Sartorial-minded greenies can dress head to toe in natural fibers like hemp and bamboo, organic cotton, and other eco-friendly threads without looking like a hippie. Before giving your wardrobe an earth-friendly revamp, get the not-so-good looking facts on everything from those trainers to tennis bracelets.

The case for green blue jeans

Jeans are made of denim, a cotton product, and the trademark “blue jean” color is a result of an indigo dye. The environmental impact of jeans is caused chiefly by the conventional growth and production of cotton and synthetic indigo, as well as the dyeing process.

Conventionally grown cotton is a highly water- and pesticide-intensive crop. It takes about 1,800 gallons of water to produce the cotton used in one pair of jeans.[1] To produce 11 pairs of jeans would take about 20,000 gallons, enough water to fill the average swimming pool.[2] This water intensity drains surface and groundwater sources leading to erosion, ecosystem degradation, and species loss. When combined with the intensive use of chemicals, the runoff from jeans production contaminates lakes, rivers, and wetlands.

The T: The eco-impact of a fashion basic

The detrimental environmental impact of the T-shirt is rooted in the farming of, you guessed it, conventional cotton. In the United States, an estimated one-third pound of agricultural chemicals is used to produce a single cotton T-shirt. Thus, a 100 percent cotton T-shirt actually contains 73 percent cotton—the remaining 27 percent is made up of chemicals and chemical residues.[3][4] In addition, approximately 400 gallons of water are required to produce a single cotton T-shirt.[1]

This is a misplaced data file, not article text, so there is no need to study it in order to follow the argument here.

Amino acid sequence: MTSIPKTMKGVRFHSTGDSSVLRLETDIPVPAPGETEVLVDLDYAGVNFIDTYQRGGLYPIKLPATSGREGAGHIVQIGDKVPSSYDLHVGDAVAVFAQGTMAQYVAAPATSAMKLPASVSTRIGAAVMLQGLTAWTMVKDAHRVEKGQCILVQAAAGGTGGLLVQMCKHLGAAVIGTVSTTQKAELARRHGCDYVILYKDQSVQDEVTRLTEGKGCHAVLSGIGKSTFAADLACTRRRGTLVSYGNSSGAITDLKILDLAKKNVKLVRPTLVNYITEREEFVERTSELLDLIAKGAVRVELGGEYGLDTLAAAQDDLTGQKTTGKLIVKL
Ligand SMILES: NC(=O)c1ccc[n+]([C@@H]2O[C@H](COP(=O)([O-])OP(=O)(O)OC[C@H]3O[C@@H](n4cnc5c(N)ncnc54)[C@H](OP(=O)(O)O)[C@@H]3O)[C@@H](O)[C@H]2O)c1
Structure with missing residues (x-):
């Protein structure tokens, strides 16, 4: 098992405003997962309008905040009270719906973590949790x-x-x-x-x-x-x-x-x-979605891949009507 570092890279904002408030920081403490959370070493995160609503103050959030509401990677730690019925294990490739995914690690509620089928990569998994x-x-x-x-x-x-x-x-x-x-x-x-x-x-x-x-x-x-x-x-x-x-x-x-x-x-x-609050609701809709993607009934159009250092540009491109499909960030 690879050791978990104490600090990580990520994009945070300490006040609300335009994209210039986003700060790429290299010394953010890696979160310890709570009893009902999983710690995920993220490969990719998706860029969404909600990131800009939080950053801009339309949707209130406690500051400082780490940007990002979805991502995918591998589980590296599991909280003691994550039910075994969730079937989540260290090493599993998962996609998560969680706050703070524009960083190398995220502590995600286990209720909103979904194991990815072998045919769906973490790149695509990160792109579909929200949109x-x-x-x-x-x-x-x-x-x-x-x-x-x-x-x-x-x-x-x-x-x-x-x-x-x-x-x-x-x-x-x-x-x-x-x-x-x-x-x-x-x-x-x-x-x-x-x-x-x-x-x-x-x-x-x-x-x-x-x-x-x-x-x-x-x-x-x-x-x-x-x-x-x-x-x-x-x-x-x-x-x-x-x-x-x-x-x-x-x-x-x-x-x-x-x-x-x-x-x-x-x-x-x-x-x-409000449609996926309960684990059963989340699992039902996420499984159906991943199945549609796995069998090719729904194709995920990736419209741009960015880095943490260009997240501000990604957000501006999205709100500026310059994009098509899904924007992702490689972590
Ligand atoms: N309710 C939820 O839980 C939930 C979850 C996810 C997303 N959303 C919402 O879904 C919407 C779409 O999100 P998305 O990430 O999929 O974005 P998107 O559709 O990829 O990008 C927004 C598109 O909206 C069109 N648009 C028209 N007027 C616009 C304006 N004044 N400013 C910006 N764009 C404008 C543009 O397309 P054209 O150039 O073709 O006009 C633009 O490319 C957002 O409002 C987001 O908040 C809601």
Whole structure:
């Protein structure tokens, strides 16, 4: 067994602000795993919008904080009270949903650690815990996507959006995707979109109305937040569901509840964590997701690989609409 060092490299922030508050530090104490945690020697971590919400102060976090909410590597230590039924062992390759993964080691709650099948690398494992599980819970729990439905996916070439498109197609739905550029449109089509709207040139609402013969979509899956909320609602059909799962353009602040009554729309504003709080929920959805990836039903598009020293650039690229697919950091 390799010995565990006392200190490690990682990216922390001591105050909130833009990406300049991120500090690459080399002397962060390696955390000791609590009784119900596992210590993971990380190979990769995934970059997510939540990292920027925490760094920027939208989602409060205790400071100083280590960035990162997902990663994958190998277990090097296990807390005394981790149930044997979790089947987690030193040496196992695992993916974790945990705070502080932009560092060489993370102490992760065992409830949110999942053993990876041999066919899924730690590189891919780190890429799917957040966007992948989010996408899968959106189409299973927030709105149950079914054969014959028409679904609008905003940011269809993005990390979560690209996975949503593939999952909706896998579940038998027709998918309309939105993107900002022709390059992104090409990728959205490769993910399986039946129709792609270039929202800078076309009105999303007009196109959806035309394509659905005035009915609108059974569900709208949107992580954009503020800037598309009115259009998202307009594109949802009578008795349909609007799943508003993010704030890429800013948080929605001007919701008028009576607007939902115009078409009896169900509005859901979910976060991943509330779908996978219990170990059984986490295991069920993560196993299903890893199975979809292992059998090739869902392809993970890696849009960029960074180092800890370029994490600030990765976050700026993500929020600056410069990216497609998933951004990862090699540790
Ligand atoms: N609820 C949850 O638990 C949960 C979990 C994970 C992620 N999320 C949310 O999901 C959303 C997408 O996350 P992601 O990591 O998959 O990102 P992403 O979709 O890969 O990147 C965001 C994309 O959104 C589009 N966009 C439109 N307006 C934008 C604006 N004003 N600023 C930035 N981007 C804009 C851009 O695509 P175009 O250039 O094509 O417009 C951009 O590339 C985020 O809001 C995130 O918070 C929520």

Organic cotton farming is not exempt from this reality either. Organic cotton may be chemical-free, but its production still requires significant amounts of irrigated water (though on the plus side, water supplies aren't at risk of being contaminated).

Outerwear: Keep warm, keep the earth in mind

Although the wool used to make sweaters is a completely renewable resource, "grown" in all 50 states, it also poses environmental risks. In 2000, sheep used in wool production were treated with over 14,000 pounds of pesticides to ward off lice, flies, mange, and other pests. The three leading insecticides used on sheep in 2005—fenvalerate, malathion, and permethrin—pose various environmental dangers, including high toxicity to fish and amphibians and groundwater contamination.

Chemical antibiotic feed additives used to boost growth rates in sheep are believed to contaminate surface and groundwater, and in some cases, drinking water supplies in rural areas. This is a result of antibiotics in sheep feces. There are also direct environmental consequences, such as soil erosion, that stem from large-scale livestock operations.

Additionally, enteric fermentation—or livestock belching and flatulence—continues to be a major contributor to global climate change. In New Zealand, for example, 90 percent of the nation’s greenhouse gas (methane, in particular) emissions are a result of enteric fermentation, primarily coming from sheep.[5]

Boxers, bras, and assorted unmentionables